A God By Any Other Name


On Mysticism, by Jorge Luis Borges

For many, mysticism conjures laughable things. Others allow it to be the freeway to their concept of God. In Borge’s thinking, at least as far as this thin volume of essays goes, mysticism in hidden somewhere in the plumbing of science, philosophy, novels, poetry, or perhaps the urge to idealism. He can’t seem to divorce himself from something to analyze here, whether it be bardic poems, the multifold pronouncements of poets, even in a young man who has met with a tragic, crippling accident.
But what he doesn’t seem to understand, even in his reply to an interviewer’s request, is his concept of God. Borge says, “I don’t know if God is in the beginning of the cosmic process, but possibly he’s at the end.” This is altogether in keeping with futurist architect Paolo Soleri’s thought that God is still in the process of inventing him/her/itself. Both men seem to imply that mysticism, and its end result, a nestling into Godhead, is to be found in the individual human’s experience, whether that experience is pointedly directed toward a concept of God or not.
This is the way of the most adventurous thinkers, certainly; i.e., to explore manifest reality in an attempt to understand reality at its root. Eventually that exploration leads along its many paths to a sense of something transcendent, to a sense of the eternal. Borge did come across this sensibility in his essays, but he seems to have ignored it, looking instead for something to quantify.


Such books, whether you agree with their philosophic approach or not, are worth reading. Their authors are attempting to bring something unquantifiable into the realm of the human mind, as if this unquantifiable substance were an object to be weighed, tested, and assayed like a strange new mineral or gem. As you read, watching the authors go through their mental gyrations is like watching an arrow leave an archer’s bow to arch in flight and finally strike near, but not into the target’s center. I’m reminded of a poetic lyric from a long-ago piece of operatic-type music in which a story is being told of a seeker who finds a mystic he’s been searching for and asks him the meaning of life. The mystic tells him he much first spend years in study and contemplation, which the seeker does, then returns, asking once more the meaning of life. The mystic answers , “Well, my son, life is like a beanstalk…isn’t it?” Meaning such searches are futile without some sort of pure experience of the thing one is seeking.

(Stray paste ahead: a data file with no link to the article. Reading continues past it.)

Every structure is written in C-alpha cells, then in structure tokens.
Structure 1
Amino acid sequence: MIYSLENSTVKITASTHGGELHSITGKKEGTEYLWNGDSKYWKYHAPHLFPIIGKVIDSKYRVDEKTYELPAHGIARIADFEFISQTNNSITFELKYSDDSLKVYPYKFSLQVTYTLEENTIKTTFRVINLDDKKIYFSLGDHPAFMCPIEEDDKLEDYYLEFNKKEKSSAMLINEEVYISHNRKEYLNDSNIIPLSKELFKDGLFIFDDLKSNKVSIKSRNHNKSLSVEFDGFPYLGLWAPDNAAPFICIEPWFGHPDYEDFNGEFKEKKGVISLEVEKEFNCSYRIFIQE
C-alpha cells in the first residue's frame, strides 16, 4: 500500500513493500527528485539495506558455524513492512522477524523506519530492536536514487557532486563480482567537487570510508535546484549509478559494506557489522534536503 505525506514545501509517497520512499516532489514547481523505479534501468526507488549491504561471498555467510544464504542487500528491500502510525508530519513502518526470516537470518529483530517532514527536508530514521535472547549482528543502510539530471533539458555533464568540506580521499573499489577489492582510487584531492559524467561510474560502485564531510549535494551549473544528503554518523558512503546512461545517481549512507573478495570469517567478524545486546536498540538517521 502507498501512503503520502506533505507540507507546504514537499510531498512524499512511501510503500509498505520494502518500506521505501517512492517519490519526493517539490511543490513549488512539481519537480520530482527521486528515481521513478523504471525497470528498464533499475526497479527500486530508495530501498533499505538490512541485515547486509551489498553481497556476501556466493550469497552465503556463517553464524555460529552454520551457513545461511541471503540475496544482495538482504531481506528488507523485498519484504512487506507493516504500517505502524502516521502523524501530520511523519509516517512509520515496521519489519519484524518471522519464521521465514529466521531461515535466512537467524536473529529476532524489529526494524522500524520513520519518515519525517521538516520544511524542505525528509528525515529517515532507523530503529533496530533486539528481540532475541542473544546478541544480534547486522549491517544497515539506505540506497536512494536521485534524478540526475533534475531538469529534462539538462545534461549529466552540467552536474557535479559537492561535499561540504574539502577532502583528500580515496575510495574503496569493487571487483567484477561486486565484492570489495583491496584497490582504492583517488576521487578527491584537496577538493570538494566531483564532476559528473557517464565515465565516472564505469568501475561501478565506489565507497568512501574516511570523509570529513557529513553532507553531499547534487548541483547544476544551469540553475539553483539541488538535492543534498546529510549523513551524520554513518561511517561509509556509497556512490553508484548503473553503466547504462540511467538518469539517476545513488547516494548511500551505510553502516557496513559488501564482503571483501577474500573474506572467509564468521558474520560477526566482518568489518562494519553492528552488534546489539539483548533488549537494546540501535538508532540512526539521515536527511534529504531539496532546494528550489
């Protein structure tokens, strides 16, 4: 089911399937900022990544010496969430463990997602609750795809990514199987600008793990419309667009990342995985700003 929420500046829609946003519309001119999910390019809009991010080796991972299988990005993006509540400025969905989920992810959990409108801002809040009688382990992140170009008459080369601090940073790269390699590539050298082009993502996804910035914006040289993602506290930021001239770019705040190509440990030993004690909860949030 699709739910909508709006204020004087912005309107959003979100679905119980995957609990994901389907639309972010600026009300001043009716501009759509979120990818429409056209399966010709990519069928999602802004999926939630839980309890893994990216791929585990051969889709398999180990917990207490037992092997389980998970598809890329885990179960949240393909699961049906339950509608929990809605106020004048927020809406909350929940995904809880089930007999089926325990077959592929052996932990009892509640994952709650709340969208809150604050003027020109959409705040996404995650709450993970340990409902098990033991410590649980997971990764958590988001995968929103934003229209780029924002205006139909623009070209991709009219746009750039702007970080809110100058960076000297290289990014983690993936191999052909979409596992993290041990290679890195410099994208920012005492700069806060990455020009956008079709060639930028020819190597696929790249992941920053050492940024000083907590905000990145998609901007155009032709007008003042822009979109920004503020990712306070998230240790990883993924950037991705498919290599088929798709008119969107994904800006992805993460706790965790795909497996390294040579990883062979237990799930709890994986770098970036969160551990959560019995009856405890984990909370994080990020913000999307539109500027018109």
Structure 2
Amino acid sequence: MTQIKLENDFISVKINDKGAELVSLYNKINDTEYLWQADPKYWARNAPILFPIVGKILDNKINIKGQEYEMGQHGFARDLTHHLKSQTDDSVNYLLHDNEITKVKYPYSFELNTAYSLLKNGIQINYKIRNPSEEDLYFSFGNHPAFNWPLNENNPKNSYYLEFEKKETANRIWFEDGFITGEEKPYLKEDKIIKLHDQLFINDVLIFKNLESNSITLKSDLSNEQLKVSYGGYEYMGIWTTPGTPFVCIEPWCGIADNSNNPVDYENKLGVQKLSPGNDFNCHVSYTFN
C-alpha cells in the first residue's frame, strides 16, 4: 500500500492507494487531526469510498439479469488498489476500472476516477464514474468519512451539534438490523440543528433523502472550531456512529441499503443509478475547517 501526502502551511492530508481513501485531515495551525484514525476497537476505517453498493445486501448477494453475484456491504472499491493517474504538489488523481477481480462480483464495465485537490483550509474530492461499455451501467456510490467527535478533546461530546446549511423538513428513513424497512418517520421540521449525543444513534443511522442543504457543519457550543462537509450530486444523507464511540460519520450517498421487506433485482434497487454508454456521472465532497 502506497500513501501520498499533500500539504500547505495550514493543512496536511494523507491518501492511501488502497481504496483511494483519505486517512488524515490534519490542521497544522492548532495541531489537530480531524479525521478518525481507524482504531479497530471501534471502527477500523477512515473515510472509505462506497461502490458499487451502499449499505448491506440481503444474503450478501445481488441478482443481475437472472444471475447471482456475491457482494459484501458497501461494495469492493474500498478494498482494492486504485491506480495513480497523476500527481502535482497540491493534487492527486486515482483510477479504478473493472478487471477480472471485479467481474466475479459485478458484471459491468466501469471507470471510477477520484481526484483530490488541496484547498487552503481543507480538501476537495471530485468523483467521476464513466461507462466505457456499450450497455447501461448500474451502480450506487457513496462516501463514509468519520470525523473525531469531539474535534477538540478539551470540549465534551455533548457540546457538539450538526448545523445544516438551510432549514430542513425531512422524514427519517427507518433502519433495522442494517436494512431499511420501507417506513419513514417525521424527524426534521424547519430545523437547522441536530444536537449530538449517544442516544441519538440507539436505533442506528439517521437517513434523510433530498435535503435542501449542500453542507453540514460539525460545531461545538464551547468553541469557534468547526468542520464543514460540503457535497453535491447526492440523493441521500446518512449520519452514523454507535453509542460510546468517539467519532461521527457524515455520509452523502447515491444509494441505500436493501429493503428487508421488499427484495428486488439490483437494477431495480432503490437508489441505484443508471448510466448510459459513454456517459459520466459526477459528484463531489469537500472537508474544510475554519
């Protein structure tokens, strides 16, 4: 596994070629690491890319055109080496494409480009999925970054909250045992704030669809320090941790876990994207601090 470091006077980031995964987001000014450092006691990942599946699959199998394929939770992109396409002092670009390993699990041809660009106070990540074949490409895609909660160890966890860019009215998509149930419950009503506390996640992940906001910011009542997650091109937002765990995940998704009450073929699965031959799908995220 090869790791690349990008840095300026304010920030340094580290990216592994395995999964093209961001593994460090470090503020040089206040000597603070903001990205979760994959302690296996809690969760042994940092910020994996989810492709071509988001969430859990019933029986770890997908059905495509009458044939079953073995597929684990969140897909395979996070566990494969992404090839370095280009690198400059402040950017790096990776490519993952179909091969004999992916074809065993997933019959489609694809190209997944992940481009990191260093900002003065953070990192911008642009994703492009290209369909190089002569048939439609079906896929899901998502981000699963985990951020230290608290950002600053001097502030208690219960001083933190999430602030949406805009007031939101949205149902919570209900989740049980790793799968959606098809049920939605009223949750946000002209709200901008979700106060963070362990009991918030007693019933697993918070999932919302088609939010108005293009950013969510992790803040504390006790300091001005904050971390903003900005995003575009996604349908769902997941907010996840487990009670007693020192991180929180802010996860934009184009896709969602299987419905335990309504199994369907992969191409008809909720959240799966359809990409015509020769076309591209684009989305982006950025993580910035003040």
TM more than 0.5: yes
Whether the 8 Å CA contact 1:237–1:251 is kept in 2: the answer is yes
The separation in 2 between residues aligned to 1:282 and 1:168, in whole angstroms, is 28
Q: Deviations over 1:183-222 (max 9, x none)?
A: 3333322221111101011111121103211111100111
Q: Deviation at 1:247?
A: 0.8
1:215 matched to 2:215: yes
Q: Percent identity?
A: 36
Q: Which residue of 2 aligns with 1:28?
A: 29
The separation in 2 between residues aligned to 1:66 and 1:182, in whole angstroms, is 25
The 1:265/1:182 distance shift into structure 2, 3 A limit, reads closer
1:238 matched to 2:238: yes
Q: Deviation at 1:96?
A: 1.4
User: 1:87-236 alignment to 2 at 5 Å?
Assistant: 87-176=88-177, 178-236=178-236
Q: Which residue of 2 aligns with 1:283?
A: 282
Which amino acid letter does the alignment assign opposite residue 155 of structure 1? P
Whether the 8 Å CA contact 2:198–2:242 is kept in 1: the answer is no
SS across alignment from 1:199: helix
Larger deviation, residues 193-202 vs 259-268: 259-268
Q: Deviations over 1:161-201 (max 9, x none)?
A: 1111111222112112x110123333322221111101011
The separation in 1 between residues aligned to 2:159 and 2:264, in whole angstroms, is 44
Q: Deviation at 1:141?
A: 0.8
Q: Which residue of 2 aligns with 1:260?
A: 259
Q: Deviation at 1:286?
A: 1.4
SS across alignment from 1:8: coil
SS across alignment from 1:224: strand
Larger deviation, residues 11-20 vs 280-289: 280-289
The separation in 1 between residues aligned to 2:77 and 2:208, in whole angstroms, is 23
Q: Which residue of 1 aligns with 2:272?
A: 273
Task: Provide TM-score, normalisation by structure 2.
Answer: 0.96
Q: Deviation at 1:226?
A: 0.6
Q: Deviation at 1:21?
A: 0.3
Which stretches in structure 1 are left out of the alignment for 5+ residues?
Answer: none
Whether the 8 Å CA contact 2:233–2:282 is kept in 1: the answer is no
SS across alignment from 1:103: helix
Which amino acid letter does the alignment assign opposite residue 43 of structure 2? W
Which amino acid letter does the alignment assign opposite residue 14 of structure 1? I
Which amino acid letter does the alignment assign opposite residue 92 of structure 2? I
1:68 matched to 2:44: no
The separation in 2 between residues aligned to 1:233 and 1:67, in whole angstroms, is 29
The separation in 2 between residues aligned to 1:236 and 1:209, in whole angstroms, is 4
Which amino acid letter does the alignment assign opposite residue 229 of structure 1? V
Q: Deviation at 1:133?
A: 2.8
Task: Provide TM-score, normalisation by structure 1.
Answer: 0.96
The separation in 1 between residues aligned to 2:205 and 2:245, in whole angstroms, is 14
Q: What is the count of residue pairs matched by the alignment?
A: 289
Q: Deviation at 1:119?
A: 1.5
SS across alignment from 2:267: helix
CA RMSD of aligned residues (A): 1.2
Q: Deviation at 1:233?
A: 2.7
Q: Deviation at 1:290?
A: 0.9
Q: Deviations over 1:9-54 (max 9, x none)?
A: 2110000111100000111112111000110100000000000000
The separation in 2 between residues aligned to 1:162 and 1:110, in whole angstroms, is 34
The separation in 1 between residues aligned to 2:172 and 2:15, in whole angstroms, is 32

My rating: 16 of 20 stars

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